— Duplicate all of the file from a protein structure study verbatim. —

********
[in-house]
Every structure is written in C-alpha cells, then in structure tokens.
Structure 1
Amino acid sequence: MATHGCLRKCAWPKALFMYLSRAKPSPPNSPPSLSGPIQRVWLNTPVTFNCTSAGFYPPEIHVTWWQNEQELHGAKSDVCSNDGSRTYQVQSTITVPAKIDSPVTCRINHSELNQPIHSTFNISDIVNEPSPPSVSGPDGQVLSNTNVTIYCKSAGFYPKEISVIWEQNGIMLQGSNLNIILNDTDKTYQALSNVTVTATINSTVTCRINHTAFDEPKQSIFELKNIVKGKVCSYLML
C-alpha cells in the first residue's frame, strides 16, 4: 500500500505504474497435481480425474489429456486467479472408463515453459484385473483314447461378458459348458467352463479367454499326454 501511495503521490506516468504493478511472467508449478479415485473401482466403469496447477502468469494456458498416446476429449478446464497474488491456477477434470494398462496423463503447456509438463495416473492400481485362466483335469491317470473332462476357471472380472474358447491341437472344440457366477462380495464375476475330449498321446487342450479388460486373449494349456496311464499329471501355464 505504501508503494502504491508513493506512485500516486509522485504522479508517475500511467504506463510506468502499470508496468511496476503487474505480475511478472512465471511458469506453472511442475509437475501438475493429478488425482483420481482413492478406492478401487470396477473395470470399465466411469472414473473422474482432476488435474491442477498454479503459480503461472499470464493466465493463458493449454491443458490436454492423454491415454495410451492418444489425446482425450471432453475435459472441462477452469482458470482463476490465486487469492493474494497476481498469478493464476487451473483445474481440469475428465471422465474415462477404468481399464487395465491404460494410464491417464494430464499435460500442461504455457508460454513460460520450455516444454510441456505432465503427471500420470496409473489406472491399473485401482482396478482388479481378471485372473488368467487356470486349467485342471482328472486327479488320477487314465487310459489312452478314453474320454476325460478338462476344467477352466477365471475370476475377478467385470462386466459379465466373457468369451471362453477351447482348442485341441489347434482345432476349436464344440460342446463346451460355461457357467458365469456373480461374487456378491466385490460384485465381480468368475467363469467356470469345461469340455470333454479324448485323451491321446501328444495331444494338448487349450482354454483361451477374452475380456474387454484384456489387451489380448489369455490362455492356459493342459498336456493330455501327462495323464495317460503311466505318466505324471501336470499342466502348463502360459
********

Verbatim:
[in-house]
Every structure is written in C-alpha cells, then in structure tokens.
Structure 1
Amino acid sequence: MATHGCLRKCAWPKALFMYLSRAKPSPPNSPPSLSGPIQRVWLNTPVTFNCTSAGFYPPEIHVTWWQNEQELHGAKSDVCSNDGSRTYQVQSTITVPAKIDSPVTCRINHSELNQPIHSTFNISDIVNEPSPPSVSGPDGQVLSNTNVTIYCKSAGFYPKEISVIWEQNGIMLQGSNLNIILNDTDKTYQALSNVTVTATINSTVTCRINHTAFDEPKQSIFELKNIVKGKVCSYLML
C-alpha cells in the first residue's frame, strides 16, 4: 500500500505504474497435481480425474489429456486467479472408463515453459484385473483314447461378458459348458467352463479367454499326454 501511495503521490506516468504493478511472467508449478479415485473401482466403469496447477502468469494456458498416446476429449478446464497474488491456477477434470494398462496423463503447456509438463495416473492400481485362466483335469491317470473332462476357471472380472474358447491341437472344440457366477462380495464375476475330449498321446487342450479388460486373449494349456496311464499329471501355464 505504501508503494502504491508513493506512485500516486509522485504522479508517475500511467504506463510506468502499470508496468511496476503487474505480475511478472512465471511458469506453472511442475509437475501438475493429478488425482483420481482413492478406492478401487470396477473395470470399465466411469472414473473422474482432476488435474491442477498454479503459480503461472499470464493466465493463458493449454491443458490436454492423454491415454495410451492418444489425446482425450471432453475435459472441462477452469482458470482463476490465486487469492493474494497476481498469478493464476487451473483445474481440469475428465471422465474415462477404468481399464487395465491404460494410464491417464494430464499435460500442461504455457508460454513460460520450455516444454510441456505432465503427471500420470496409473489406472491399473485401482482396478482388479481378471485372473488368467487356470486349467485342471482328472486327479488320477487314465487310459489312452478314453474320454476325460478338462476344467477352466477365471475370476475377478467385470462386466459379465466373457468369451471362453477351447482348442485341441489347434482345432476349436464344440460342446463346451460355461457357467458365469456373480461374487456378491466385490460384485465381480468368475467363469467356470469345461469340455470333454479324448485323451491321446501328444495331444494338448487349450482354454483361451477374452475380456474387454484384456489387451489380448489369455490362455492356459493342459498336456493330455501327462495323464495317460503311466505318466505324471501336470499342466502348463502360459